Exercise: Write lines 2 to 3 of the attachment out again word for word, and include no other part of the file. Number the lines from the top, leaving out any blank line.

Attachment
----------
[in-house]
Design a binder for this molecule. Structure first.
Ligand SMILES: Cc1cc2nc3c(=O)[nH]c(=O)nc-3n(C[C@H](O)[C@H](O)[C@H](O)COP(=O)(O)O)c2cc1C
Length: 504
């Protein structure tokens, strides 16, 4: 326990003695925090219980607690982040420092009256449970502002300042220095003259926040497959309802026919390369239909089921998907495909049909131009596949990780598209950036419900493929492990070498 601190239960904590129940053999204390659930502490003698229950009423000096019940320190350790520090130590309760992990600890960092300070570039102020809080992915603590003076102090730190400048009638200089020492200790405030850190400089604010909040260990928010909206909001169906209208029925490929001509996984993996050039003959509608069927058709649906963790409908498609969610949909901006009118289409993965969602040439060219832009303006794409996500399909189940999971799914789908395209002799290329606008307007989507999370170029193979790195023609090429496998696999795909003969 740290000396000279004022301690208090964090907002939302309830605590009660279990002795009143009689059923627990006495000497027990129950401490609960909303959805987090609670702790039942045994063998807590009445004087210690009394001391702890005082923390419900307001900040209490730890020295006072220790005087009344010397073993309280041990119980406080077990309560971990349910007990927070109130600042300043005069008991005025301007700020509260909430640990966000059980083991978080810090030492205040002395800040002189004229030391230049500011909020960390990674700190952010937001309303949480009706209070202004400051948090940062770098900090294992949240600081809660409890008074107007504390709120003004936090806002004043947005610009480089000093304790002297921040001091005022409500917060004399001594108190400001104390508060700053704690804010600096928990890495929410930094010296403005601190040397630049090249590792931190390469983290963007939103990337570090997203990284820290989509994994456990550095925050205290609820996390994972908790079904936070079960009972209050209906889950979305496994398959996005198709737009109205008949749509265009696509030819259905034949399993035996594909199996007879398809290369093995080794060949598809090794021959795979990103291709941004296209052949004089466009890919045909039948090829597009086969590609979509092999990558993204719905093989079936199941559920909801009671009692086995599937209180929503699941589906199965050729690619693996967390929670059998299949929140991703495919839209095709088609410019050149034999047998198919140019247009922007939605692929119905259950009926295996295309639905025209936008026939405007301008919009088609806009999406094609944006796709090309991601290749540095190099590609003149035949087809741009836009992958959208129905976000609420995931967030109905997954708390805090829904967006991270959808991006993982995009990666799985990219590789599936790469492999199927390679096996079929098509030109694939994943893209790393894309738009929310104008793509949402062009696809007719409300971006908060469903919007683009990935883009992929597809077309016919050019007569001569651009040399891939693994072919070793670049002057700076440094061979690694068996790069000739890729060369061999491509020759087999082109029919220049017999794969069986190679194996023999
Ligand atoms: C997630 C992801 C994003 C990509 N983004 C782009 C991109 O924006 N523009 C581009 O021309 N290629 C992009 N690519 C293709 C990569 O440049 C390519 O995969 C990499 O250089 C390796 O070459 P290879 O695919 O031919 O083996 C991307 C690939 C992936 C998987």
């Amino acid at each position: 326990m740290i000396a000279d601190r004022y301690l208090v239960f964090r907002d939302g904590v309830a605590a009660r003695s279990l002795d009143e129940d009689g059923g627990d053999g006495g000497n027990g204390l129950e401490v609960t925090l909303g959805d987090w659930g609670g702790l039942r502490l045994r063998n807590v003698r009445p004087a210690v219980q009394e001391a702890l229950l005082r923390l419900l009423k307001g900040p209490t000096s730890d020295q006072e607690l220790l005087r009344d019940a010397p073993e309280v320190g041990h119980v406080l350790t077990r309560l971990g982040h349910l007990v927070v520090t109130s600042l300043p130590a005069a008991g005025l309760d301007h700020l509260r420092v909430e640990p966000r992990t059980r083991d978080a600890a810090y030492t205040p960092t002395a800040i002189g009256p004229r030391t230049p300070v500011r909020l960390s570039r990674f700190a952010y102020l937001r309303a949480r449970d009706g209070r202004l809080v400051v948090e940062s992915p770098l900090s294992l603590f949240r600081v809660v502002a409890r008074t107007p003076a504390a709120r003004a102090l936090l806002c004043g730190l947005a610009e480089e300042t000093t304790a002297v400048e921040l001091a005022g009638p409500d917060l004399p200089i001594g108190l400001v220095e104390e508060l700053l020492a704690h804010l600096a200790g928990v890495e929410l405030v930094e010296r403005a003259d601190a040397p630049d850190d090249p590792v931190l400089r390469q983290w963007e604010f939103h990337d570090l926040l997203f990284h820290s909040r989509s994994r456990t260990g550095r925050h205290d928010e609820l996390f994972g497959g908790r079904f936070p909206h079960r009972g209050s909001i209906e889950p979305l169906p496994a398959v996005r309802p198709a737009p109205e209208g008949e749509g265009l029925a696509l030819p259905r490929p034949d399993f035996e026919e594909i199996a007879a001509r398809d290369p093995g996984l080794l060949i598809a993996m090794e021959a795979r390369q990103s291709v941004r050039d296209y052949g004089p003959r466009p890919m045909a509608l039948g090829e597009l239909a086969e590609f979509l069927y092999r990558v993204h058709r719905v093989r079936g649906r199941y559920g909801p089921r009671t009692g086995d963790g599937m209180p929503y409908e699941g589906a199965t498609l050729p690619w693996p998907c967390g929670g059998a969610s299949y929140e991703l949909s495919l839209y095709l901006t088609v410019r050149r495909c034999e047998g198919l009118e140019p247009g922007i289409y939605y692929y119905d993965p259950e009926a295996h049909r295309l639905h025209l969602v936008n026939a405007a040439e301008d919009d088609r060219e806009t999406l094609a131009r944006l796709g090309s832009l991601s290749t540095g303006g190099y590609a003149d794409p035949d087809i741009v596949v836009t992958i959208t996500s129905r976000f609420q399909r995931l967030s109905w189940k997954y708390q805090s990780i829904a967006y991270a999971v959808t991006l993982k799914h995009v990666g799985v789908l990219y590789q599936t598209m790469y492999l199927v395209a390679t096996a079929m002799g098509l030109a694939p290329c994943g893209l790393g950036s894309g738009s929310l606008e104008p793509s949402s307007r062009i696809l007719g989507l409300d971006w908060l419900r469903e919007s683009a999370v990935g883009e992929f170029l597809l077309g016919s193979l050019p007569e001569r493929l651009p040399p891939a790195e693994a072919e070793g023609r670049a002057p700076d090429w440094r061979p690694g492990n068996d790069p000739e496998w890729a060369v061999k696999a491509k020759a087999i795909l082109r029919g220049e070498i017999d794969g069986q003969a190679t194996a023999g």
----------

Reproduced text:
Design a binder for this molecule. Structure first.
Ligand SMILES: Cc1cc2nc3c(=O)[nH]c(=O)nc-3n(C[C@H](O)[C@H](O)[C@H](O)COP(=O)(O)O)c2cc1C